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Vaughan Gething, Cabinet Secretary for Health and Social Services

First published:
28 February 2018
Last updated:

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Recent reports in the media have understandably caused concern among service users about progress with our plans to improve access to gender identity services in Wales. I remain committed to the plans to improve services and we are working closely with the NHS to deliver on our commitments.

I published a written statement in August 2017 referring to two components of the planned improvements, which were agreed by the All-Wales Gender Identity Partnership Group (AWGIPG). Both components are essential in order to provide the full pathway of care for patients requiring long term hormone therapy, so that most patients’ healthcare needs can be provided within Wales. The Welsh Government is providing funding for a project lead within the NHS to co-ordinate the improvements to gender identity services.

Firstly, the establishment of the specialist ‘Welsh Gender Team’ (WGT) will allow patients to be assessed and begin treatment, if needed, here in Wales. This would reduce both the distances to travel and, over time, the waiting times people in Wales currently experience before beginning treatment.

The WGT will be a multidisciplinary service based initially in Cardiff. Cardiff and Vale University Health Board has been working to plan the new service and we are expecting the business case to be finalised within the coming weeks.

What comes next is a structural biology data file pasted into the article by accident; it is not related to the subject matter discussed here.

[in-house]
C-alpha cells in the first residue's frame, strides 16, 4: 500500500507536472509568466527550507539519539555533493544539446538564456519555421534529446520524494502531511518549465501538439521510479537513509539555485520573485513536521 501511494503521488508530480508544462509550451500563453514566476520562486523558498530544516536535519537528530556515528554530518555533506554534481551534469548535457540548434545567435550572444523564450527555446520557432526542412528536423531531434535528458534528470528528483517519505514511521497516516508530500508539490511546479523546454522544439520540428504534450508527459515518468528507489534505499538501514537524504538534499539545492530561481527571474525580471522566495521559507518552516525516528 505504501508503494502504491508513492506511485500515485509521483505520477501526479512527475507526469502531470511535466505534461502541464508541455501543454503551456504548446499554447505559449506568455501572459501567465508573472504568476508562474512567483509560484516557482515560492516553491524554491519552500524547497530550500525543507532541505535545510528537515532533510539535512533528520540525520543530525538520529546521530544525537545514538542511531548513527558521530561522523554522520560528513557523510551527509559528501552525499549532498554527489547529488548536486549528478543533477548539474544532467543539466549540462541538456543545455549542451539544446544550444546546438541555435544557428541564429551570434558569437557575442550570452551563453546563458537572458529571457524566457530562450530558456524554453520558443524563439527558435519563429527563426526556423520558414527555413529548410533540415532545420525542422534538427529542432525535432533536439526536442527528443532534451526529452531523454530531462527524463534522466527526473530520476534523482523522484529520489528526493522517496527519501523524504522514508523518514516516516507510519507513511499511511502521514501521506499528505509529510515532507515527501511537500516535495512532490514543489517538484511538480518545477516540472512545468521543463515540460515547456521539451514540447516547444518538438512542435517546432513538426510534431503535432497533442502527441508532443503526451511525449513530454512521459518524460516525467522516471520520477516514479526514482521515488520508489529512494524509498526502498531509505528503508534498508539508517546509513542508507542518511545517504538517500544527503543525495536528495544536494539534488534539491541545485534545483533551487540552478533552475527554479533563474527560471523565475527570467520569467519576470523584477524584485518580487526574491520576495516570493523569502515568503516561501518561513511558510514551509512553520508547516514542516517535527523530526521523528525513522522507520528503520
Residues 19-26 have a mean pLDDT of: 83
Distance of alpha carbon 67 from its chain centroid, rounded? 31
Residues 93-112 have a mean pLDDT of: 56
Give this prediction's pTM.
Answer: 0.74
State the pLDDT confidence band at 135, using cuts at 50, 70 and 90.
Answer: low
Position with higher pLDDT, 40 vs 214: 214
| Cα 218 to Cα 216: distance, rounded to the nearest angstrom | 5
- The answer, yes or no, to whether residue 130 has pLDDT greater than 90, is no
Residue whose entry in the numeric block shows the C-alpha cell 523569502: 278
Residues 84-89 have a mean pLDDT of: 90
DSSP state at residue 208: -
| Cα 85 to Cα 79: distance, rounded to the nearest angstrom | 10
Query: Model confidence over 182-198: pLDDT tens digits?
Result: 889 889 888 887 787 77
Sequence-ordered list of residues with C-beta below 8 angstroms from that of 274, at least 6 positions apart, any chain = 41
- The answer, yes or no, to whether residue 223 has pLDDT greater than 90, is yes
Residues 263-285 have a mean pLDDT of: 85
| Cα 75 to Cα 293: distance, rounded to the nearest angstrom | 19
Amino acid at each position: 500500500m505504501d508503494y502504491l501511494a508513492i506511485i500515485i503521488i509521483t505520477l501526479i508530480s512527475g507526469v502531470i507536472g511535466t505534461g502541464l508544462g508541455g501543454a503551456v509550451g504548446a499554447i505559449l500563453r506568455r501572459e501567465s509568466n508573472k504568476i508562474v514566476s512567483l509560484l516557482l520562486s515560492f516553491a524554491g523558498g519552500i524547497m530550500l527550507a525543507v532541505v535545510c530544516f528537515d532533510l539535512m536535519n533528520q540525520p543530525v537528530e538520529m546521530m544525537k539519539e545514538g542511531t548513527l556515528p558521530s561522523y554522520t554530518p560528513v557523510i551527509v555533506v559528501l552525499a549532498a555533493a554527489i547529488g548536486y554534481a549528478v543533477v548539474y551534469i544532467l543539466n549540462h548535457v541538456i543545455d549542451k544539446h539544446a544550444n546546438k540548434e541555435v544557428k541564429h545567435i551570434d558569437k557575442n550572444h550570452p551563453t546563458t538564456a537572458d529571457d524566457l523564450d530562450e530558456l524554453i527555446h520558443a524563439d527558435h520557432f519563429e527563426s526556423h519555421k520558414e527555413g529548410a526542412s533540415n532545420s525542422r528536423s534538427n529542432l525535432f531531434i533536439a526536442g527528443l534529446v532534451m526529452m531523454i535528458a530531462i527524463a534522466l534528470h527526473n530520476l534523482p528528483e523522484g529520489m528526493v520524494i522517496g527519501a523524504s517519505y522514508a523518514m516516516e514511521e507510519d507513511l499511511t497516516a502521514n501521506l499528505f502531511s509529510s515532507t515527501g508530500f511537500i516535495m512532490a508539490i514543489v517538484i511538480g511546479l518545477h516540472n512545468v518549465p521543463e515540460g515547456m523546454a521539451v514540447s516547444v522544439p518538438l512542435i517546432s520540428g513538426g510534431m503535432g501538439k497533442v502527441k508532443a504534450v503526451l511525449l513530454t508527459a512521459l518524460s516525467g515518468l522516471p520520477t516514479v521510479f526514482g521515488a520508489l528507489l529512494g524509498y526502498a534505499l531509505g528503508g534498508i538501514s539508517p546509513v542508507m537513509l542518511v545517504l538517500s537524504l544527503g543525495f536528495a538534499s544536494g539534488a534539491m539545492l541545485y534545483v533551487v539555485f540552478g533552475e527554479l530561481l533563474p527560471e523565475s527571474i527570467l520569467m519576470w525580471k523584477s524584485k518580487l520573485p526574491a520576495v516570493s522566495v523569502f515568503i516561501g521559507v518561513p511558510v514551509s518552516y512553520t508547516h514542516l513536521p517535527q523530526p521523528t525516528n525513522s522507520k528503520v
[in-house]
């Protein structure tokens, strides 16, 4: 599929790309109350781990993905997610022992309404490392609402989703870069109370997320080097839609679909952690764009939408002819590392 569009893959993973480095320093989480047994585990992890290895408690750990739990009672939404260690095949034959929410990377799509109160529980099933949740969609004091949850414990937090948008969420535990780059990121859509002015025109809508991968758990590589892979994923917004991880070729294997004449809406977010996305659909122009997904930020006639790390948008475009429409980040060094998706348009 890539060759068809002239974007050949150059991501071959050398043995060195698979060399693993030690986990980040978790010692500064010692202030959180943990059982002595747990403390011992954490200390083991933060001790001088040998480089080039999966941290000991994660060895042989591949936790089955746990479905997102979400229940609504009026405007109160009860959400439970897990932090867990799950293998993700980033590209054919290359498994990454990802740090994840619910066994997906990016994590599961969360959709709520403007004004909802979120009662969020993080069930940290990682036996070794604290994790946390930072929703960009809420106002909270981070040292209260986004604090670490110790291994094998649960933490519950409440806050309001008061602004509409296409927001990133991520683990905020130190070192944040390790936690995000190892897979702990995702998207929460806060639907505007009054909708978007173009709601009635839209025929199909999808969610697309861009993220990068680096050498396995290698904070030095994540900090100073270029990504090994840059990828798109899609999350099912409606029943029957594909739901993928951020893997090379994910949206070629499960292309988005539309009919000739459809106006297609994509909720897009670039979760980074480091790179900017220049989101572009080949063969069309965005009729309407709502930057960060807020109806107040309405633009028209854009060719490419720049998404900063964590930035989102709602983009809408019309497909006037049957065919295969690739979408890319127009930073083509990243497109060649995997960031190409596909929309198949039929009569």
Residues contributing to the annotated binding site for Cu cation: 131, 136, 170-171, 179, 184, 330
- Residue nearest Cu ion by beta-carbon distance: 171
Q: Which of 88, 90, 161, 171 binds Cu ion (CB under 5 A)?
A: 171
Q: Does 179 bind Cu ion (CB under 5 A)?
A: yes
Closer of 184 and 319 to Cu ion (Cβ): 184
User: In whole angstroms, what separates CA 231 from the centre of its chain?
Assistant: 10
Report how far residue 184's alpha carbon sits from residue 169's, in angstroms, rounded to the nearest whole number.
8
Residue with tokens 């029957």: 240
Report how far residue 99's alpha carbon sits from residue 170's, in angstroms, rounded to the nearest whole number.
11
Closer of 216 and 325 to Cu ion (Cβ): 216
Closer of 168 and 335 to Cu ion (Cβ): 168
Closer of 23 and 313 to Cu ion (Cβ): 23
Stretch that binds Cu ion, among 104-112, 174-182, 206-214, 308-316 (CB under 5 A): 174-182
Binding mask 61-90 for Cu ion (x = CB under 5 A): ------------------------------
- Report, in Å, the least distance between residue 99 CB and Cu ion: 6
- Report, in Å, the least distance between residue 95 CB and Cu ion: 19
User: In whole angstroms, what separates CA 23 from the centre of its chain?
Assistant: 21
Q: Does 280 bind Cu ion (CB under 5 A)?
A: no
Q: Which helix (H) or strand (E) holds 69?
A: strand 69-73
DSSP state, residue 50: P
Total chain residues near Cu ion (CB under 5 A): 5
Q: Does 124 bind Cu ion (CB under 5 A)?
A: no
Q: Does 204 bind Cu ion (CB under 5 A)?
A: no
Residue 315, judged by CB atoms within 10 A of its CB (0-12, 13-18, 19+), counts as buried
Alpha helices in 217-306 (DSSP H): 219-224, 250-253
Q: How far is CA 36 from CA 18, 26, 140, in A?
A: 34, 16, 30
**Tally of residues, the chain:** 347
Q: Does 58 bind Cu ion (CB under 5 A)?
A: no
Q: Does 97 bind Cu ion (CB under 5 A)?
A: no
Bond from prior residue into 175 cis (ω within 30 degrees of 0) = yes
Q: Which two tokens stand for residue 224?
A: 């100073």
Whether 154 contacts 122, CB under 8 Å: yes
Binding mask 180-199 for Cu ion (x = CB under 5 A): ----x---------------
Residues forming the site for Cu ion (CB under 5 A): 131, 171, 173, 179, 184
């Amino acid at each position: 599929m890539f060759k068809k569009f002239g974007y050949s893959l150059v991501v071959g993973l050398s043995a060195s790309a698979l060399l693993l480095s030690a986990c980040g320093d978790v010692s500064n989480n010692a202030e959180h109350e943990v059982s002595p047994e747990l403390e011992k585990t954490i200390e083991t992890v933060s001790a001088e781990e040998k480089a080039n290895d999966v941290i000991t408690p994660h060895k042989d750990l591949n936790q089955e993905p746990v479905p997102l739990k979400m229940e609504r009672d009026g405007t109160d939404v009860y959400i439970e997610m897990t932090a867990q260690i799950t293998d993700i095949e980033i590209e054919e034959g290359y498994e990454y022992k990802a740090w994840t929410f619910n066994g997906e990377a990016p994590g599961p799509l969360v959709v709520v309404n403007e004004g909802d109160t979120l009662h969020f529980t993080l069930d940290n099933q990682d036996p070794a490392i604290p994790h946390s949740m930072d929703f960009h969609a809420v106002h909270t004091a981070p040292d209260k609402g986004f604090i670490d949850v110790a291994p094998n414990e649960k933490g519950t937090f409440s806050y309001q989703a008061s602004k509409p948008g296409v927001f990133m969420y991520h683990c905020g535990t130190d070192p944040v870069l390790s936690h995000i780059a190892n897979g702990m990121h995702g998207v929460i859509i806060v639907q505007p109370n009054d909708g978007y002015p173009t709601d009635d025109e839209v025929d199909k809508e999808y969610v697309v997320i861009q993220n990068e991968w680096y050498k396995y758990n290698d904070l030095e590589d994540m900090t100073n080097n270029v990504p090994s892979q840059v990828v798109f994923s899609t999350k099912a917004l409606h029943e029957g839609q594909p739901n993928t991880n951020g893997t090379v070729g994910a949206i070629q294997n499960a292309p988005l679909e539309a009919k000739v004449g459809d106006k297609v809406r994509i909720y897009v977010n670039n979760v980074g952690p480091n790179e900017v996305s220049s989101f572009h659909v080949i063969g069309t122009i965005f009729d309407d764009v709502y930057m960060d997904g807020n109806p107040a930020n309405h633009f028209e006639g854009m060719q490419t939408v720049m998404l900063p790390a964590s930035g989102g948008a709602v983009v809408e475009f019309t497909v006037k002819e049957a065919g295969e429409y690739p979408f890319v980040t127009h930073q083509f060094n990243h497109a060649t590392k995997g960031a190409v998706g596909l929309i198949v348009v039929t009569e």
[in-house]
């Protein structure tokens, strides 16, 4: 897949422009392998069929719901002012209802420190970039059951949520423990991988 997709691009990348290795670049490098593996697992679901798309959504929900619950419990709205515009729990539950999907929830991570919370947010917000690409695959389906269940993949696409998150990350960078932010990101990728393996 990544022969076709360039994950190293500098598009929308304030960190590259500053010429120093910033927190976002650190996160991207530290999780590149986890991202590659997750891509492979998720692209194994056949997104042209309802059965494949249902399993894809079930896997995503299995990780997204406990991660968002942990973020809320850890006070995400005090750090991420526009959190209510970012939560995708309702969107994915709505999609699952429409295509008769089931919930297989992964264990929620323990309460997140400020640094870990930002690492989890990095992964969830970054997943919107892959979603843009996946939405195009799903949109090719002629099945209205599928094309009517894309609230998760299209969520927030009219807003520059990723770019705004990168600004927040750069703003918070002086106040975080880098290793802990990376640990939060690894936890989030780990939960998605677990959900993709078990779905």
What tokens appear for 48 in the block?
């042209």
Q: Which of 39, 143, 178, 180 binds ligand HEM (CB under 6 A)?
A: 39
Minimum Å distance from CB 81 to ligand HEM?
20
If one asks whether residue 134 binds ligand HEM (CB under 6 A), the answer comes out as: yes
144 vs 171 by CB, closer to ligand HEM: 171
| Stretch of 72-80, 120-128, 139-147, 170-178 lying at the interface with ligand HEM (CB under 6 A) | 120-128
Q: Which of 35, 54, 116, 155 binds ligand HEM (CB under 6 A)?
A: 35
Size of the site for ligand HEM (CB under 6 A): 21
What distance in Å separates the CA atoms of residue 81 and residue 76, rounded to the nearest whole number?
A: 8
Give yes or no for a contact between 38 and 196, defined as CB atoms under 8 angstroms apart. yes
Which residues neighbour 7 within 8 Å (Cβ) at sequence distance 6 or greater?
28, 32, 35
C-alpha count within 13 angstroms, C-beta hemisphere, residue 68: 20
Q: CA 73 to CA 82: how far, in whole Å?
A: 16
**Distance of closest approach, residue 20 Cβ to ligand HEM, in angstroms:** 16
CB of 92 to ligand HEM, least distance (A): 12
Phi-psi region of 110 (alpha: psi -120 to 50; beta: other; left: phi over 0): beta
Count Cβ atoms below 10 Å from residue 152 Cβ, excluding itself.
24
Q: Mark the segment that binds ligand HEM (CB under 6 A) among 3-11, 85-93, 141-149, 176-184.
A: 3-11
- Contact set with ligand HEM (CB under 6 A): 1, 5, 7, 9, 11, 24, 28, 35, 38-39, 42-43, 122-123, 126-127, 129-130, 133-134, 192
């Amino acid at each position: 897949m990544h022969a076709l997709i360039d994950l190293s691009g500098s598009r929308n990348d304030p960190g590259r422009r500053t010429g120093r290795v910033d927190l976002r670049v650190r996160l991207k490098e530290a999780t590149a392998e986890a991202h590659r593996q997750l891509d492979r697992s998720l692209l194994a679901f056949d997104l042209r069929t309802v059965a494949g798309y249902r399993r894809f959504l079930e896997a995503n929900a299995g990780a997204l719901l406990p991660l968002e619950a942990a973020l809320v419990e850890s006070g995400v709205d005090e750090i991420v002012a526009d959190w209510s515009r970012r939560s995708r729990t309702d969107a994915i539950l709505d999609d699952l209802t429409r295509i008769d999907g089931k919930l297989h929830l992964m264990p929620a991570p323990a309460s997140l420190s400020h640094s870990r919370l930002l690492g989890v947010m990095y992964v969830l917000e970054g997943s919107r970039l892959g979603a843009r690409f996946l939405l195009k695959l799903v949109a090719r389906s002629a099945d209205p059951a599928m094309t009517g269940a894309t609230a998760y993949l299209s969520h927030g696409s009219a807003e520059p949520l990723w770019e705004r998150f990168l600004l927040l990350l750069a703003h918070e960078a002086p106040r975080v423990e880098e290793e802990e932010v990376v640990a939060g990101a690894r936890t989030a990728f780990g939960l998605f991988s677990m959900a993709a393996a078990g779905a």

A number of skilled staff will be required to join the WGT and they will need further specialist training. The project team is working with current providers of gender identity services to ensure the new team has the skills needed to provide this service.

The project team is also working with existing service providers to determine a process so that patients currently on waiting lists for treatment can be transferred to the WGT. The new service anticipates seeing patients from this spring, subject to the recruitment of staff with the appropriate skills and managing the impact of their recruitment on other essential services.

The Welsh Gender Team will provide clinical support to the other main component, a small network of GPs across Wales with a specialist interest in gender identity treatment.  The Welsh Government and NHS representatives have been in discussions with the General Practitioners’ Committee (GPC) Wales in recent months on a model for the primary care service.

Welsh Government officials most recently met with GPC Wales and RCGP (Royal College of General Practitioners) Wales on 29 January. It was agreed an interim model for primary care be put in place to meet the needs of patients in the short term.

A small number of appropriately trained GPs will provide primary care to patients with gender dysphoria, under the guidance of a gender identity specialist clinician. Where a patient’s registered GP has not undertaken training to provide long term hormone therapy, the GP will be able to refer patients to one of the specially trained GPs. However, the new model will aim to ensure patients currently receiving long term care from their GP, who is confident in doing so, can continue.

The AWGIPG will continue to keep service user representatives updated on these changes through regular updates.  

As with all NHS Wales patients, I feel strongly that transgender people should be able to have their healthcare needs met as close to home as possible. All parties remain committed to transgender care, in both primary and secondary care.

 

 

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